Offering floral rewards to pollinators such as nectar and pollen may not mean reproductive success. Some plant species present strategies to minimize this cost and dupe their pollinators. Begonia cucullata presents a mimicry system characterized by female rewardless flowers (mimic) that mimic male flowers (model) with a large amount of pollen. For the perfect functioning of mimetism, the proportion of mimics should not be higher than models. We tested different arrays of mimic-model flower proportions to test the efficacy of this system. We observed that bees avoided rewardless female flowers, although fruit set did not indicate pollen limitation.
Several South American species of Iridaceae, especially those of Tigridieae, produce floral oils as rewards to oil-bee pollinators. The present study aimed to contribute to a deeper understanding of the reproductive biology, pollination ecology and level of specialization of the interactions of species encompassed in Tigridieae. Data on breeding and pollination systems were acquired from six species native to Southern Brazil. The visitation frequency and pollen load of pollen- and oil-collecting bees were also investigated. The results strongly suggest that the studied species are distributed along a specialization–generalization continuum. Three oil-producing taxa, Cypella herbertii, Cypella pusilla and Cypella amplimaculata, were pollinated effectively by oil-bees, whereas in the other two studied species, Kelissa brasiliensis and Herbertia pulchella, the oil-bees appeared to function as oil thieves, owing to failure to contact the plant reproductive parts during oil-foraging behaviour. New insights into aspects of the specialization–generalization continuum of pollination systems, differences in pollinator behaviour during oil and pollen foraging, and reproductive outputs of the studied species are provided. Taken together, our results provide a significant contribution towards a better understanding of reproductive biology and plant–pollinator interactions between Iridaceae and oil-collecting bees.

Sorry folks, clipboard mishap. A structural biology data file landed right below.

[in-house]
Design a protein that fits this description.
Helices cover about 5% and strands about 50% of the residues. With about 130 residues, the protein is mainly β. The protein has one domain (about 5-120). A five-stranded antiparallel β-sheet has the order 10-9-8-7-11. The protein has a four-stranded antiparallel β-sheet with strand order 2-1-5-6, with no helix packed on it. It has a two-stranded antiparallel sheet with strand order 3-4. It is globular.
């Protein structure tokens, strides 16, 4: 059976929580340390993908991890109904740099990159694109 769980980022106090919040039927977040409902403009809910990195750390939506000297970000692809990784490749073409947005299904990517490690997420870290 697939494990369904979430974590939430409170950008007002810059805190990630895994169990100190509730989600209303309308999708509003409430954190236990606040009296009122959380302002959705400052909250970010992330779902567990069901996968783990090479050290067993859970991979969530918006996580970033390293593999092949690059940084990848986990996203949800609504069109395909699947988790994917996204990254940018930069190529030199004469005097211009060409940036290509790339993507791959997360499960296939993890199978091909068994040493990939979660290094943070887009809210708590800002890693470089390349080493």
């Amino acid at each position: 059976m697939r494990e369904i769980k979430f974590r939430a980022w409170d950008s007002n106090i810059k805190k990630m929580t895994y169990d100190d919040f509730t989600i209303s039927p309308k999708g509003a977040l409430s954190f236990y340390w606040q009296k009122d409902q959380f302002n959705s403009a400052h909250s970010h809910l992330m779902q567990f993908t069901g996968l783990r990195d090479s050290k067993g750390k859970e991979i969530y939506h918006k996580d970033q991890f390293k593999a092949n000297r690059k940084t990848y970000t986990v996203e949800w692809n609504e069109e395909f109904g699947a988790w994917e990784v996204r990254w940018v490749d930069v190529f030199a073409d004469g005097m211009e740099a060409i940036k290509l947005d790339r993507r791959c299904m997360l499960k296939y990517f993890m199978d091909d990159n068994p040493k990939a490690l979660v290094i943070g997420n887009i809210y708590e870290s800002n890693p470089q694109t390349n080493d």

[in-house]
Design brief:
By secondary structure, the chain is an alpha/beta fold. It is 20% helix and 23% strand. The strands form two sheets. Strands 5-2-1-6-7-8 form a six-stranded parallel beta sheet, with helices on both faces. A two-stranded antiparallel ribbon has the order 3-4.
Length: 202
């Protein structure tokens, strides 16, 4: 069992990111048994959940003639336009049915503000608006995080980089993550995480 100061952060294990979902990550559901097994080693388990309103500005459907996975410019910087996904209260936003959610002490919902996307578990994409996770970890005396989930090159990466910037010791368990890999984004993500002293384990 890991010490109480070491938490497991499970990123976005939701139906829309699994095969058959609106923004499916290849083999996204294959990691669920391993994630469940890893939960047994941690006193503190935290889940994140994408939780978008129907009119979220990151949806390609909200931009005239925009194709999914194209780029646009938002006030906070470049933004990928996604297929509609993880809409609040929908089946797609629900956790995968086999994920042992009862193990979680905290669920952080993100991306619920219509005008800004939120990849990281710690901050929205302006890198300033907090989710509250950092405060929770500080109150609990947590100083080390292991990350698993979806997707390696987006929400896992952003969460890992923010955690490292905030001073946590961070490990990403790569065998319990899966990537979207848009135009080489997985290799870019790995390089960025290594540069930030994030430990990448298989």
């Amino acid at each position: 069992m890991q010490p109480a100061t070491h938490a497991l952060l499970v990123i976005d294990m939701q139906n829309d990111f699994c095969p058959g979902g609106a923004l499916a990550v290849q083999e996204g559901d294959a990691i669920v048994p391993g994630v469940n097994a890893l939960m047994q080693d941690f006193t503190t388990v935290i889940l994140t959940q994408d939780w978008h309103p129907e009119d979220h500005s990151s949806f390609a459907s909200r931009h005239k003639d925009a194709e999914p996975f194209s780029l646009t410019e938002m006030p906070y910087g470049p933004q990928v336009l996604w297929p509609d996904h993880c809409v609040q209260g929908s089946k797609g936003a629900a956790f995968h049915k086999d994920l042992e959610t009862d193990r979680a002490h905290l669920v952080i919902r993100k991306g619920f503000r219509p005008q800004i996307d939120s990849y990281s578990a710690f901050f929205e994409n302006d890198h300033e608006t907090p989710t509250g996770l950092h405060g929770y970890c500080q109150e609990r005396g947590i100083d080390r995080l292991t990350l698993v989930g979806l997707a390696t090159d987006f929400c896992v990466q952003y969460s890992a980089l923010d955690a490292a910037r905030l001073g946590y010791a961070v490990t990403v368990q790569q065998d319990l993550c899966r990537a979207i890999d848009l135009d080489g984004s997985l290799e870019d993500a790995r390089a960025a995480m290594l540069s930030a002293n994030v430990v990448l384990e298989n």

Diverse ecological factors (top-down and bottom-up) act on the richness and abundance patterns of insect galls. Host plant density is a kind of bottom-up factor and is related to ''resource concentration hypothesis.'' In this study, we analyzed forest patches that differ in vegetational structure and host plant abundance: homogeneous forest patches (Schinus-dominated) and more complex forest patches, to determine whether there are differences in the intensity of gall infestation among individual trees. Insect galls were sampled from 15 Schinus polygamus trees along five transects in each forest (150 trees in total). Two galler species, a psyllid leaf galler and cecidomyiid shoot galler, were recorded. We found that Psyllidae gall infestation in S. polygamus presents higher values of galls per individual tree in Schinus-dominated forest patches than forest patches that are more diverse in plant species. Cecidomyiidae galls did not differ between areas and were not related to host plant abundance. We did not observe any variation in gall infestation within individual. Our study demonstrated that density-dependence effect could be more important for some galls species than others. The results suggest that biological attributes of galling insects' infestation could be associated with susceptibility to host plant density.
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